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    1. Hi Mia, part-shade's absolutely fine. Potatoes have eyes all over the place - that can be a useful trait in some professions ;-)

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  6. The patterns are so distinctive, I would love to grow them. How wonderful it is that you have found a place where they thrive in your garden.

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    1. It is, Shirley - I couldn't be happier!

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  7. I'm thinking this plant is simply magnificent! I don't have any in my space but I would love too! And you had me chuckling about the radish bit! I can relate! Happy Thursday to you! Nicole xo

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    1. Thank you Nicole. It is a wonderful plant - a spring treat!

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  8. There's so much to love about this spring flowering, one of the most graceful, if not the most graceful of all!

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    1. I am struggling to think of a more graceful spring flower.

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  9. The Frittilaria meleagris also is one of my favourite spring flowers. I should like to have a meadow full of them but I´m afraid I shall never have so many of them. My soil is wet and acid, so I have some which don´t disappear.
    You made a great post about these wonderful flowers and so funny you call them snake´s head fritillary or leper lily. In our country we call them ´kievitseitjes´ translated lapwing´s eggs.

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    1. I have just googled lapwing eggs - they are very pretty. A fine common name for this beautiful plant!

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  10. Ha ha, you had me laughing at your description of being a radish, I'm sorry to say that I'm the same. Ah well. I love snakeshead fritilliaries, I have a few in my garden which I planted quite a few years ago now and though they return each year they've never increased in number. I do wish they would as they're such pretty plants.

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    1. Lucky you to be able to grow them! I am hoping they will spread here. I don't cut them back. I don't even get round to mowing the grass where they grow until at least July. It's quite a long time to leave an area uncultivated, but I am hoping that it will work.

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  11. Great tribute to a wonderful little plant. I have a patch of them in medium clay soil in the shade - looking forward to the blooms.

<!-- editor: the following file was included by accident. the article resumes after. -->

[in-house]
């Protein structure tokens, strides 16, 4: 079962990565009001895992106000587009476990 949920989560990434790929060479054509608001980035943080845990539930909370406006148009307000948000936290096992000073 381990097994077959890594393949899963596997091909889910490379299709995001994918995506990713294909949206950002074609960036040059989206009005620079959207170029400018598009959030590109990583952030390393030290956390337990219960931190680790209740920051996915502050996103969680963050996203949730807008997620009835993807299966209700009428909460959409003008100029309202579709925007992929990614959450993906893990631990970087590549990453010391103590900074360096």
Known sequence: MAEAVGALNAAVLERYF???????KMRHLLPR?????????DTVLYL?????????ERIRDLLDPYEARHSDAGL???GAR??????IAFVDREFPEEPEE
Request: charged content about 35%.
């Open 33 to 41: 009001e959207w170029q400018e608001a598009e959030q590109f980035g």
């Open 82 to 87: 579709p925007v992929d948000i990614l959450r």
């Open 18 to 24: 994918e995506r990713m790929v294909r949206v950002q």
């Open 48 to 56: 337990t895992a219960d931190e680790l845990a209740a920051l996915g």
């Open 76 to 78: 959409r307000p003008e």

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  12. I love these plants too and thankfully the like the conditions in my garden too. From a small packet of bulbs 4 years ago, I find they are now popping up in quite a few places. I know not if they have self seeded or it I am taking them with me when I move plants around. Either way, I don't mind one bit!
    There are far worse things to watch so on you go girl :)

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    1. It sounds as if you are doing a Miss Willmott, but trailing fritillaries in your wake. Excellent!

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  13. They have drawn attention from both of us this week. I didn't understand why they were called snake's head until I took a photo of a bud. I looked them up too and they do have a lot of common names.

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    1. They have an incredible number of common names. If nothing else, they show us why we need the latin!

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  14. They are beautiful. Ours will be coming up soon.
    Mine are in rather sandy soil - but wet in spring. So far they seem to have managed I hope they keep on doing so.

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    1. Fingers crossed for them, Alain. Wet sandy soil must make for an interesting cultivation experience!

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  15. I've also heard them referred to as 'Toad's Head' and 'Deadman's Bell' which conjures up some unpleasant images. Whatever name is used though they are still the most beautiful flowers. I hope that yours continue to flourish and spread like wildfire for you Sarah.

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    1. Thank you, Anna. Those are horrible common names! What were our ancestors thinking?

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  16. I have plenty of boggy clay soil so it's time to try again. If I plant enough perhaps the pheasant can't eat them all??

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    1. We have a lot of pheasants here and I haven't noticed much damage. The fritillaries are quite well hidden in grass, I wonder if that helps?

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  17. Oh I think I might be able to grow these and I saw some at the garden centre this morning. I already had a trolley full so was trying to get out without spending even more on these beautiful flowers. I need to do a soil test too before I go for the big stuff!